Coeliac Awareness Week

March 14, 2019

Today marks the start of Coeliac Awareness Week which is from 13th-20th March 2019.

Coeliac Awareness Week aims to increase awareness of Coeliac disease to those in dietary and medical professions as well as the general public. During this week, Coeliac Australia holds a number of events and programs to achieve this.

What is Coeliac Disease?

Coeliac Disease is a condition that affects the small intestine where the immune system reacts abnormally to gluten. This reaction to gluten causes inflammation and damage to the small bowel. Gluten is a protein that is found in wheat, barley, rye and oats. The damage of the small bowel means that nutrients from food are not properly absorbed into the body.

What are the symptoms of Coeliac Disease?

The symptoms of Coeliac disease can vary from person to person and include:

  • gastrointestinal symptoms
  • fatigue
  • iron deficiency
  • weight loss or weight gain
  • bone and joint pains
  • easy bruising of the skin
  • irritability or altered mental alertness
  • skin rashes

If you are experiencing any of these symptoms, it is advised that you consult with your GP.

Diagnosis of Coeliac Disease

Diagnosis is essential for Coeliac Disease as it is a complex medical condition that has lifelong implications.

Coeliac Australia recommends the following tests on how to get diagnosed with Coeliac Disease.

1. Gluten Challenge: A normal diet must occur for the six weeks prior to a diagnosis. This involves consuming a minimum equivalent of four slices of bread for adults and two slices of bread for children per day. By undertaking this test, test results will be more reliable compared to someone who has commenced a gluten free diet prior to diagnosis.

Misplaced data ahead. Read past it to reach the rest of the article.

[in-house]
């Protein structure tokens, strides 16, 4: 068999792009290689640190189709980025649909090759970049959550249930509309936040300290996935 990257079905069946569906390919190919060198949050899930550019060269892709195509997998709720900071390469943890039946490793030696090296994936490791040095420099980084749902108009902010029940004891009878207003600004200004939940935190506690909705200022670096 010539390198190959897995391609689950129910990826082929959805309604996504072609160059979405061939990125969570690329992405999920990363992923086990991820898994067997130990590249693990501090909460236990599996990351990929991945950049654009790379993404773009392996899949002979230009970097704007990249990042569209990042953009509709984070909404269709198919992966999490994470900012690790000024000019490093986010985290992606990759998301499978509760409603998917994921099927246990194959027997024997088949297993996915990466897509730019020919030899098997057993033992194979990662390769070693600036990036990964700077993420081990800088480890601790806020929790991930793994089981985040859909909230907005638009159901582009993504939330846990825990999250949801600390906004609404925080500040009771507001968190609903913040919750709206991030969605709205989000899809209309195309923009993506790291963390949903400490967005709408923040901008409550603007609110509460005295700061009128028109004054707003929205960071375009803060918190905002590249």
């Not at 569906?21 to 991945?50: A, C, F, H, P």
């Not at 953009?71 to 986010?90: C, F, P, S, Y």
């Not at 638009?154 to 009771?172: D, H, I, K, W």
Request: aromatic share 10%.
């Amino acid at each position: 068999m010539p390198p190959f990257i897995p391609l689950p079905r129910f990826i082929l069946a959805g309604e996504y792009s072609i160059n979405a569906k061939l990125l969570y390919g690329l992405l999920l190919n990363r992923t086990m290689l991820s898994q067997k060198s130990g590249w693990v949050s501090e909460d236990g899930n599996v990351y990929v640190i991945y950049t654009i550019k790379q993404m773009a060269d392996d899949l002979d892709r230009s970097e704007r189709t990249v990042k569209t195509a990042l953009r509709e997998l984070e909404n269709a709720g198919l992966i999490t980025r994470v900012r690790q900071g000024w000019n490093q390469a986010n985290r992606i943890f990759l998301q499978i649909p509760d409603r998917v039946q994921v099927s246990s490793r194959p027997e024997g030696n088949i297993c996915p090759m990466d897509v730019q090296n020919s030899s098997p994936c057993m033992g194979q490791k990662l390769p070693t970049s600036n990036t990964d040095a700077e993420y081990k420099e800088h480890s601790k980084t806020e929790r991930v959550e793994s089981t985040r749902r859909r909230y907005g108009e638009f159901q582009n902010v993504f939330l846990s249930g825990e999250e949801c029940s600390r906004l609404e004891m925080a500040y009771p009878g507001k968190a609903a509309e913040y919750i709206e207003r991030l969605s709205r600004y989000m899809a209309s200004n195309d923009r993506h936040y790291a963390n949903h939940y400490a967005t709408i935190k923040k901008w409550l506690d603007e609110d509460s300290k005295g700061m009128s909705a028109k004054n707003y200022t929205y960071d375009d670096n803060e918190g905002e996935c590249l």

2. Blood Tests : A blood test will be undertaken to screen for coeliac disease. The diagnosis of coeliac disease should not be made with a blood test alone.

3. A small bowel biopsy: A small bowel biopsy is essential to confirm a Coeliac disease diagnosis. This procedure demonstrates the changes to the bowel which can be difficult to observe with the naked eye.

If the diagnosis of coeliac disease is ruled out after these tests, then other causes of these symptoms will be investigated by your doctor.

Living With Coeliac Disease

Coeliac disease can be controlled by adhering to a strict gluten-free diet.

Visit www.coeliac.org.au/living-with-coeliac-disease/ for more information on living with Coeliac disease.

 

If you or someone you know thinks they may have Coeliac disease, it is recommended that they see their GP.

Book an appointment at Health Hub Doctors online via www.healthhubdoctorsmorayfield.com.au/book-online or call 5322 4900

For more information on Coeliac Disease, please visit www.coeliac.org.au

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